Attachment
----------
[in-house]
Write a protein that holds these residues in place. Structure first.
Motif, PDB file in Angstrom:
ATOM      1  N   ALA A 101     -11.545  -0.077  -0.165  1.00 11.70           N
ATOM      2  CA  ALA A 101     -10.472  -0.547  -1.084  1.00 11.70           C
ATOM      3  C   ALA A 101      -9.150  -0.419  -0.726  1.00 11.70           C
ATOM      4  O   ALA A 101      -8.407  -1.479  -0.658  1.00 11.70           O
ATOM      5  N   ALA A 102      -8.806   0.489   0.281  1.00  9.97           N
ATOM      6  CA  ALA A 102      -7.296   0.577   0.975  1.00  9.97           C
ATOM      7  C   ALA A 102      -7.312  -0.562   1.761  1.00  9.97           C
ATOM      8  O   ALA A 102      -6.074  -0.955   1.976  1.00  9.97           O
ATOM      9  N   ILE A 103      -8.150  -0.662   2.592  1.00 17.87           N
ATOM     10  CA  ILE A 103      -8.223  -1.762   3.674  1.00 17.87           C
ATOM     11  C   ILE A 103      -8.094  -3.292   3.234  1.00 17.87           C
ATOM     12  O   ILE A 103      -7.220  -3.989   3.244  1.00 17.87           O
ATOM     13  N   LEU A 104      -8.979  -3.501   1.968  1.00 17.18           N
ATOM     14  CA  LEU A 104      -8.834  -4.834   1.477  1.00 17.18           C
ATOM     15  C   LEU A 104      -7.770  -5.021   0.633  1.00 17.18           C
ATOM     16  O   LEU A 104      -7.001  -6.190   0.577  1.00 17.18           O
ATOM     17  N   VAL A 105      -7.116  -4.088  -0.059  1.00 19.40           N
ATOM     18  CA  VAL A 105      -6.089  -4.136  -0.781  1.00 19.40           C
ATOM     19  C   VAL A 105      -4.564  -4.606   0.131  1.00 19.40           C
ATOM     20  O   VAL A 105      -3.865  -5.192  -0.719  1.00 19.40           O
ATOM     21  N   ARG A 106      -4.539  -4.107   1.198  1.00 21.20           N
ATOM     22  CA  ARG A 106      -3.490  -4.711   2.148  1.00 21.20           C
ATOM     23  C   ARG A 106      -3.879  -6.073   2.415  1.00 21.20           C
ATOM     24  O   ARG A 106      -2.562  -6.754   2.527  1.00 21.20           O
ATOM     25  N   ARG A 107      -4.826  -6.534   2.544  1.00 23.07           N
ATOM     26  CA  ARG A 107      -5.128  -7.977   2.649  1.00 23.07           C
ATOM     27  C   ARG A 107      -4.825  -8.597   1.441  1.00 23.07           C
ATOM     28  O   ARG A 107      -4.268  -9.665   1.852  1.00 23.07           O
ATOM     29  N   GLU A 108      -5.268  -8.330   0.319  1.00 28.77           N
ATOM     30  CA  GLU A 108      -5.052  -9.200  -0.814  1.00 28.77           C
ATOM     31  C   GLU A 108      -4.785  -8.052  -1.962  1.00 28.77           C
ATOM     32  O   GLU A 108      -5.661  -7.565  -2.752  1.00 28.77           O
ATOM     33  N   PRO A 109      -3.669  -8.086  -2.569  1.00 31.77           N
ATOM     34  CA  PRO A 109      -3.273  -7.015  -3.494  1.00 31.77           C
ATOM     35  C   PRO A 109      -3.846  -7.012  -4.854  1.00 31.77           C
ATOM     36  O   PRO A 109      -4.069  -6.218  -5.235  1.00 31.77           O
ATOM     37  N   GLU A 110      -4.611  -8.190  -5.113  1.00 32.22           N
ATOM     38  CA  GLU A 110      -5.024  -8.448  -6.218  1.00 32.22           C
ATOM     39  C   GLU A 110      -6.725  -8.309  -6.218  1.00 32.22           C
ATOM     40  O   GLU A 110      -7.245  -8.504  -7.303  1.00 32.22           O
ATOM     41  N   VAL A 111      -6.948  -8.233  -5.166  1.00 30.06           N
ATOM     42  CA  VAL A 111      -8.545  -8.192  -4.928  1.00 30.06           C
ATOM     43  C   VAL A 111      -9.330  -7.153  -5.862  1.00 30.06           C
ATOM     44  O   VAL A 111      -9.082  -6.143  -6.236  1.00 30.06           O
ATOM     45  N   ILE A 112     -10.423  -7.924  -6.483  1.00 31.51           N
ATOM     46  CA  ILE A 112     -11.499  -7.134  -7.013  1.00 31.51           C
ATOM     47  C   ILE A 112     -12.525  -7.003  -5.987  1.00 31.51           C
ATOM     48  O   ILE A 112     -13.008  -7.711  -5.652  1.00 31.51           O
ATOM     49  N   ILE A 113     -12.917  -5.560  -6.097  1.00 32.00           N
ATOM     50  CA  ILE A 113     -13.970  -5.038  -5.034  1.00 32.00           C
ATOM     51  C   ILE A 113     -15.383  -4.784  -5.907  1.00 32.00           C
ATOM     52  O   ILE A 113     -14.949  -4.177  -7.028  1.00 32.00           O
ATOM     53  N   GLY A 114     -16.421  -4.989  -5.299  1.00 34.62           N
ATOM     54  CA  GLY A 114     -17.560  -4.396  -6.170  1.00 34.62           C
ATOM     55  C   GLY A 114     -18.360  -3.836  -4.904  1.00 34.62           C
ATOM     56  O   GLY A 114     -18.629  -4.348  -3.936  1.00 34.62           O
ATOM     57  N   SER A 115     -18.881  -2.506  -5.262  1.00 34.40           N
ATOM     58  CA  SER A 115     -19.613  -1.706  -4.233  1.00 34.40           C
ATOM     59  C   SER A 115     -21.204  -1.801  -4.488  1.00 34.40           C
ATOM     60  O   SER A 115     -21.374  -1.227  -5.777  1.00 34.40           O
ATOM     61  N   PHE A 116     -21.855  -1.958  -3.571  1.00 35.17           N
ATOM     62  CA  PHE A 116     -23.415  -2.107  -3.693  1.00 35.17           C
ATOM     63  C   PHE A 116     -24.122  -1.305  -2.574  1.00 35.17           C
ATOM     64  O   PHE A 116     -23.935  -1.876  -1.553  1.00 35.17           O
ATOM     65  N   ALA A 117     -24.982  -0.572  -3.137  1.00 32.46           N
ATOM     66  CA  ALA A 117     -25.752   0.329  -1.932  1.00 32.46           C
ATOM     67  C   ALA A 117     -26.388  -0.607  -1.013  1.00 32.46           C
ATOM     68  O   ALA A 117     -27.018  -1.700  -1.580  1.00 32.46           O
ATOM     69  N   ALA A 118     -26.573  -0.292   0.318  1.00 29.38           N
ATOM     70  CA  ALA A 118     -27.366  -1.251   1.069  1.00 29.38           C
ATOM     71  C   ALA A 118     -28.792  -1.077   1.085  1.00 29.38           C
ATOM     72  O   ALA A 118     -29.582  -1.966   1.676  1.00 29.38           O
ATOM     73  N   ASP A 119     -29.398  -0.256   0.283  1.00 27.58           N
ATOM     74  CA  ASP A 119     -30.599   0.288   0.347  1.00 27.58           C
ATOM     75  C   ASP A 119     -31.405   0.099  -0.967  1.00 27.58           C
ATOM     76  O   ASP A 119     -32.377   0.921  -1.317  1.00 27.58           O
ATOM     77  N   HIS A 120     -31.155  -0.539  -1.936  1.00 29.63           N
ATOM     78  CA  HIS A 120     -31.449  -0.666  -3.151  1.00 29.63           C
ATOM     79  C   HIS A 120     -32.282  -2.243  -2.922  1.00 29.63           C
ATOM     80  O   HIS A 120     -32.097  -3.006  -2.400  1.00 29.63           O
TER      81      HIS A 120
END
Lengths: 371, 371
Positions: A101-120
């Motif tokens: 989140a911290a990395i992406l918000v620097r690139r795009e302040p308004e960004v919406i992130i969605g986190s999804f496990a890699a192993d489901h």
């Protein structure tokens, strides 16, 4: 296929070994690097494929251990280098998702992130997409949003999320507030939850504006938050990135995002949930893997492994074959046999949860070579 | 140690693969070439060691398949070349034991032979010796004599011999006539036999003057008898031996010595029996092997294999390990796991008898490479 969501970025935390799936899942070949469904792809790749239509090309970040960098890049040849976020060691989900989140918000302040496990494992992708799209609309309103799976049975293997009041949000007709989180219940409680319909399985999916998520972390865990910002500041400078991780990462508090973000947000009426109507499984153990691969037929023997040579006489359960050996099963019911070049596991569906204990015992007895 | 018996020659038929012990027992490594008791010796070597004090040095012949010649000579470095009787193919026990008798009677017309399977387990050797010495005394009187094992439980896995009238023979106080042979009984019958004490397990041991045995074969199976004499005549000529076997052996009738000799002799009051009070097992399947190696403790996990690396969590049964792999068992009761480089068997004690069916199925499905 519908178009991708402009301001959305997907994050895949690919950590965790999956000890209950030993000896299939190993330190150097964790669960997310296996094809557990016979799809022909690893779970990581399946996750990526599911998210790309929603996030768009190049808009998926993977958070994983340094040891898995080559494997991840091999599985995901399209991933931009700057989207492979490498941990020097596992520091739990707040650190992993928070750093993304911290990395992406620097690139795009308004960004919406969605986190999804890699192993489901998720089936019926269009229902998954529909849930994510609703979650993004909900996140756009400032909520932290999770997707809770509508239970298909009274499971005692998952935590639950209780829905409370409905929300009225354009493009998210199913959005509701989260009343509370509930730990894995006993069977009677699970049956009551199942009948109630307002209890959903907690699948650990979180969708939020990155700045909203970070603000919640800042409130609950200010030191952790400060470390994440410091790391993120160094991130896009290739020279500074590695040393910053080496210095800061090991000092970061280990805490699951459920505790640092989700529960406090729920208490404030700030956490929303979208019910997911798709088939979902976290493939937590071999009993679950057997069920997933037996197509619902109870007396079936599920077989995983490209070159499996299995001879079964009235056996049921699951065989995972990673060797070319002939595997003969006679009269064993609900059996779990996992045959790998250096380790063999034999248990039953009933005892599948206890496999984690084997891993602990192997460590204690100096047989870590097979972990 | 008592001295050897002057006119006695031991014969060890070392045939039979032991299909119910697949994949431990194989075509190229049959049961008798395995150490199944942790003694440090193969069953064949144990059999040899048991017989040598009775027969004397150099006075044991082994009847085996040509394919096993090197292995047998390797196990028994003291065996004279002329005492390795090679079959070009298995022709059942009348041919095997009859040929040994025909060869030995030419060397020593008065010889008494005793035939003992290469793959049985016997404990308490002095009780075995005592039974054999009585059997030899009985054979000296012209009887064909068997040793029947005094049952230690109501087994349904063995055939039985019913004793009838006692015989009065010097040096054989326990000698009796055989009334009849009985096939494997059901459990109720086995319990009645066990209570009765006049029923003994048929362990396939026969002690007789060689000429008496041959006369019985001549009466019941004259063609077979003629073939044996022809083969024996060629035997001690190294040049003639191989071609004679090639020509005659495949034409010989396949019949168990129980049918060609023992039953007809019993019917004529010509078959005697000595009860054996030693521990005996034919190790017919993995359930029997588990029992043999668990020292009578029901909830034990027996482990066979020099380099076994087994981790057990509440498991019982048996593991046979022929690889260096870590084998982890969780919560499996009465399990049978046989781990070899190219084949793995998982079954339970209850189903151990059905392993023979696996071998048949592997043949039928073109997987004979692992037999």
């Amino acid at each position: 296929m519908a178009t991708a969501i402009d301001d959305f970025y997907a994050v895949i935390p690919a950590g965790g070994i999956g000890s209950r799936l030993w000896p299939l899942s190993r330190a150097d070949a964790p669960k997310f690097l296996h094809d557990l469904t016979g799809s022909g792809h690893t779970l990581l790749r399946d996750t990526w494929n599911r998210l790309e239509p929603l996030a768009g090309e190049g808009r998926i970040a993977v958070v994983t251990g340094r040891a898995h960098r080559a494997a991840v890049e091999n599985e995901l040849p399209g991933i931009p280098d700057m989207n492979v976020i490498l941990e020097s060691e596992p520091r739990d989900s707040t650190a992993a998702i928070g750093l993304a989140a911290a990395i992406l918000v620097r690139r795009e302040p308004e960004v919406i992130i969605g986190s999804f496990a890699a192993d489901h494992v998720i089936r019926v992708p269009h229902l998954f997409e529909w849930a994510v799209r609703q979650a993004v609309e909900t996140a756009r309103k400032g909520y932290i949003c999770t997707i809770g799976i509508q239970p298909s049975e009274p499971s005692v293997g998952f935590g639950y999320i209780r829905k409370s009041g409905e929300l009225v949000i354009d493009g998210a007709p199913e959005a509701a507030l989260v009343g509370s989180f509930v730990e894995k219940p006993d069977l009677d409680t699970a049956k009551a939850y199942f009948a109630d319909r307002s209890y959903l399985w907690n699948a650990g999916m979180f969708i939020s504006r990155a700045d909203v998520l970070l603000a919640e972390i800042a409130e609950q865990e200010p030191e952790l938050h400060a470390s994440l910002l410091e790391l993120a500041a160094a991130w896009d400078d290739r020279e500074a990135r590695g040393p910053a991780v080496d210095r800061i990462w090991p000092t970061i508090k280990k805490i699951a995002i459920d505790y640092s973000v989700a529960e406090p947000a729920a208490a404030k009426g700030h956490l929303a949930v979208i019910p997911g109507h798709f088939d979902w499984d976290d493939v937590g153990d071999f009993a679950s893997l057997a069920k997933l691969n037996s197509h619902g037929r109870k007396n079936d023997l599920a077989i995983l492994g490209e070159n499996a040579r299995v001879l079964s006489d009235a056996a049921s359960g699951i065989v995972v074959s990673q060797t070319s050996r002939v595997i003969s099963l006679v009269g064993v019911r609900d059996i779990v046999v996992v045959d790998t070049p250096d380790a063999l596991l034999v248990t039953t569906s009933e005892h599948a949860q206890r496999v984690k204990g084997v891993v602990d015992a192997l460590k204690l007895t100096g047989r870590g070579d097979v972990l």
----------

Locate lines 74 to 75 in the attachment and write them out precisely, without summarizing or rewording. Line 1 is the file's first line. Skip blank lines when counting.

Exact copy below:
ATOM     71  C   ALA A 118     -28.792  -1.077   1.085  1.00 29.38           C
ATOM     72  O   ALA A 118     -29.582  -1.966   1.676  1.00 29.38           O